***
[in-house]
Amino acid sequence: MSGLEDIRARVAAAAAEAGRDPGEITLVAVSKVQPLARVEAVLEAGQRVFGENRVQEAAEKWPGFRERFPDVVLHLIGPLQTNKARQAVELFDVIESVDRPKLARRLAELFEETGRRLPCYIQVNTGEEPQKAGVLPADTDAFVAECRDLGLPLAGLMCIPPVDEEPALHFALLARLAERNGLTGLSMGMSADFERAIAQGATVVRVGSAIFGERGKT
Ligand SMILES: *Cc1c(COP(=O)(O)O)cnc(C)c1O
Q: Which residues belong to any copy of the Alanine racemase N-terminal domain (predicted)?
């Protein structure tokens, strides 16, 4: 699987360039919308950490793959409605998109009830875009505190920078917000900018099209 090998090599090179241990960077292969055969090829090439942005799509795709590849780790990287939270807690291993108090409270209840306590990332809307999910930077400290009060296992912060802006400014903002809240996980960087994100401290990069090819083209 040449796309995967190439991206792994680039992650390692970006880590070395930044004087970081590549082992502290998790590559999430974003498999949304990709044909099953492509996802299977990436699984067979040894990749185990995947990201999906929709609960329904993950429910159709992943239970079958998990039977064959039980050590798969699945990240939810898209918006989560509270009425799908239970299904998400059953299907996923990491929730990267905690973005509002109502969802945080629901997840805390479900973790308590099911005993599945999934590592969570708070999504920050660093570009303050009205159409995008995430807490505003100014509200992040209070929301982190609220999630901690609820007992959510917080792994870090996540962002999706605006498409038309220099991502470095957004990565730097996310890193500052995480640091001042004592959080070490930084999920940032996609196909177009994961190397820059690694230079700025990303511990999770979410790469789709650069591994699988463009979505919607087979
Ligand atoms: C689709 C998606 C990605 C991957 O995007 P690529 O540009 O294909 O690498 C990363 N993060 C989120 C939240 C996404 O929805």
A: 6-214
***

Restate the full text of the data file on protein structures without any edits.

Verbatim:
[in-house]
Amino acid sequence: MSGLEDIRARVAAAAAEAGRDPGEITLVAVSKVQPLARVEAVLEAGQRVFGENRVQEAAEKWPGFRERFPDVVLHLIGPLQTNKARQAVELFDVIESVDRPKLARRLAELFEETGRRLPCYIQVNTGEEPQKAGVLPADTDAFVAECRDLGLPLAGLMCIPPVDEEPALHFALLARLAERNGLTGLSMGMSADFERAIAQGATVVRVGSAIFGERGKT
Ligand SMILES: *Cc1c(COP(=O)(O)O)cnc(C)c1O
Q: Which residues belong to any copy of the Alanine racemase N-terminal domain (predicted)?
């Protein structure tokens, strides 16, 4: 699987360039919308950490793959409605998109009830875009505190920078917000900018099209 090998090599090179241990960077292969055969090829090439942005799509795709590849780790990287939270807690291993108090409270209840306590990332809307999910930077400290009060296992912060802006400014903002809240996980960087994100401290990069090819083209 040449796309995967190439991206792994680039992650390692970006880590070395930044004087970081590549082992502290998790590559999430974003498999949304990709044909099953492509996802299977990436699984067979040894990749185990995947990201999906929709609960329904993950429910159709992943239970079958998990039977064959039980050590798969699945990240939810898209918006989560509270009425799908239970299904998400059953299907996923990491929730990267905690973005509002109502969802945080629901997840805390479900973790308590099911005993599945999934590592969570708070999504920050660093570009303050009205159409995008995430807490505003100014509200992040209070929301982190609220999630901690609820007992959510917080792994870090996540962002999706605006498409038309220099991502470095957004990565730097996310890193500052995480640091001042004592959080070490930084999920940032996609196909177009994961190397820059690694230079700025990303511990999770979410790469789709650069591994699988463009979505919607087979
Ligand atoms: C689709 C998606 C990605 C991957 O995007 P690529 O540009 O294909 O690498 C990363 N993060 C989120 C939240 C996404 O929805």
A: 6-214